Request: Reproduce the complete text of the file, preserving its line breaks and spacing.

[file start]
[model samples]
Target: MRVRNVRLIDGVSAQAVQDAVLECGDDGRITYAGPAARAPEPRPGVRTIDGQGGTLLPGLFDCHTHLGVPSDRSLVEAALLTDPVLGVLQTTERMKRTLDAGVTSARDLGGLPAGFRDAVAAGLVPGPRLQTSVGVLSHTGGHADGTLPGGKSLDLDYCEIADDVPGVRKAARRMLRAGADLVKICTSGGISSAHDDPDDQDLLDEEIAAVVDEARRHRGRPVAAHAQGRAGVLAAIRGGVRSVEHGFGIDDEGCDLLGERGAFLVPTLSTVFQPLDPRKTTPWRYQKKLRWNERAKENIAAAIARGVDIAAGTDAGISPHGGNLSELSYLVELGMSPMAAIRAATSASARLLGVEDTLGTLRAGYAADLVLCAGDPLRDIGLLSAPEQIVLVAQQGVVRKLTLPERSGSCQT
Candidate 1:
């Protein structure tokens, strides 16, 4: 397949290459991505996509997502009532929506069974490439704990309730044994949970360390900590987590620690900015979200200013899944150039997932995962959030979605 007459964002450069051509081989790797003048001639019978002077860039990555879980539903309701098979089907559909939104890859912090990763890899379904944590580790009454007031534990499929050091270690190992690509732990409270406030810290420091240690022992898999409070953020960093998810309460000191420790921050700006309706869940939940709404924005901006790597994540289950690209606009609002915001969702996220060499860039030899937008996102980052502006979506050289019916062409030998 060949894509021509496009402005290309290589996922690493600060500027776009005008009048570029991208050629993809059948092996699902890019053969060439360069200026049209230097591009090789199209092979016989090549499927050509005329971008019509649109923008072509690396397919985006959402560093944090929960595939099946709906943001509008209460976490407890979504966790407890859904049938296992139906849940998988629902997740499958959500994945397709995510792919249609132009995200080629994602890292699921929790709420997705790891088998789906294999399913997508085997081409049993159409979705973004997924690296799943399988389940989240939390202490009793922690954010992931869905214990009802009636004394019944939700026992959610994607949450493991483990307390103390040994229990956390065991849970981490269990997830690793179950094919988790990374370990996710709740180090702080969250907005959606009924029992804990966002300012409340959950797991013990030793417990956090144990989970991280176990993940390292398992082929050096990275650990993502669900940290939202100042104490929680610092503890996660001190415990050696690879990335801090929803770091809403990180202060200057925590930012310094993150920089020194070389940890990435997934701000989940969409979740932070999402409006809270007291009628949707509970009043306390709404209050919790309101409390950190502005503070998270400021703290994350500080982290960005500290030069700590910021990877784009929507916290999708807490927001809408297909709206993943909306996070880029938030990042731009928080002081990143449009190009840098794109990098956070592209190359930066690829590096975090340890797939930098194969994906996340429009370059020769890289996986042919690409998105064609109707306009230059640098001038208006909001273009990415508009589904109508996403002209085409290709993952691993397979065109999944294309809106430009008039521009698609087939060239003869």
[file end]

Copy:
[model samples]
Target: MRVRNVRLIDGVSAQAVQDAVLECGDDGRITYAGPAARAPEPRPGVRTIDGQGGTLLPGLFDCHTHLGVPSDRSLVEAALLTDPVLGVLQTTERMKRTLDAGVTSARDLGGLPAGFRDAVAAGLVPGPRLQTSVGVLSHTGGHADGTLPGGKSLDLDYCEIADDVPGVRKAARRMLRAGADLVKICTSGGISSAHDDPDDQDLLDEEIAAVVDEARRHRGRPVAAHAQGRAGVLAAIRGGVRSVEHGFGIDDEGCDLLGERGAFLVPTLSTVFQPLDPRKTTPWRYQKKLRWNERAKENIAAAIARGVDIAAGTDAGISPHGGNLSELSYLVELGMSPMAAIRAATSASARLLGVEDTLGTLRAGYAADLVLCAGDPLRDIGLLSAPEQIVLVAQQGVVRKLTLPERSGSCQT
Candidate 1:
């Protein structure tokens, strides 16, 4: 397949290459991505996509997502009532929506069974490439704990309730044994949970360390900590987590620690900015979200200013899944150039997932995962959030979605 007459964002450069051509081989790797003048001639019978002077860039990555879980539903309701098979089907559909939104890859912090990763890899379904944590580790009454007031534990499929050091270690190992690509732990409270406030810290420091240690022992898999409070953020960093998810309460000191420790921050700006309706869940939940709404924005901006790597994540289950690209606009609002915001969702996220060499860039030899937008996102980052502006979506050289019916062409030998 060949894509021509496009402005290309290589996922690493600060500027776009005008009048570029991208050629993809059948092996699902890019053969060439360069200026049209230097591009090789199209092979016989090549499927050509005329971008019509649109923008072509690396397919985006959402560093944090929960595939099946709906943001509008209460976490407890979504966790407890859904049938296992139906849940998988629902997740499958959500994945397709995510792919249609132009995200080629994602890292699921929790709420997705790891088998789906294999399913997508085997081409049993159409979705973004997924690296799943399988389940989240939390202490009793922690954010992931869905214990009802009636004394019944939700026992959610994607949450493991483990307390103390040994229990956390065991849970981490269990997830690793179950094919988790990374370990996710709740180090702080969250907005959606009924029992804990966002300012409340959950797991013990030793417990956090144990989970991280176990993940390292398992082929050096990275650990993502669900940290939202100042104490929680610092503890996660001190415990050696690879990335801090929803770091809403990180202060200057925590930012310094993150920089020194070389940890990435997934701000989940969409979740932070999402409006809270007291009628949707509970009043306390709404209050919790309101409390950190502005503070998270400021703290994350500080982290960005500290030069700590910021990877784009929507916290999708807490927001809408297909709206993943909306996070880029938030990042731009928080002081990143449009190009840098794109990098956070592209190359930066690829590096975090340890797939930098194969994906996340429009370059020769890289996986042919690409998105064609109707306009230059640098001038208006909001273009990415508009589904109508996403002209085409290709993952691993397979065109999944294309809106430009008039521009698609087939060239003869």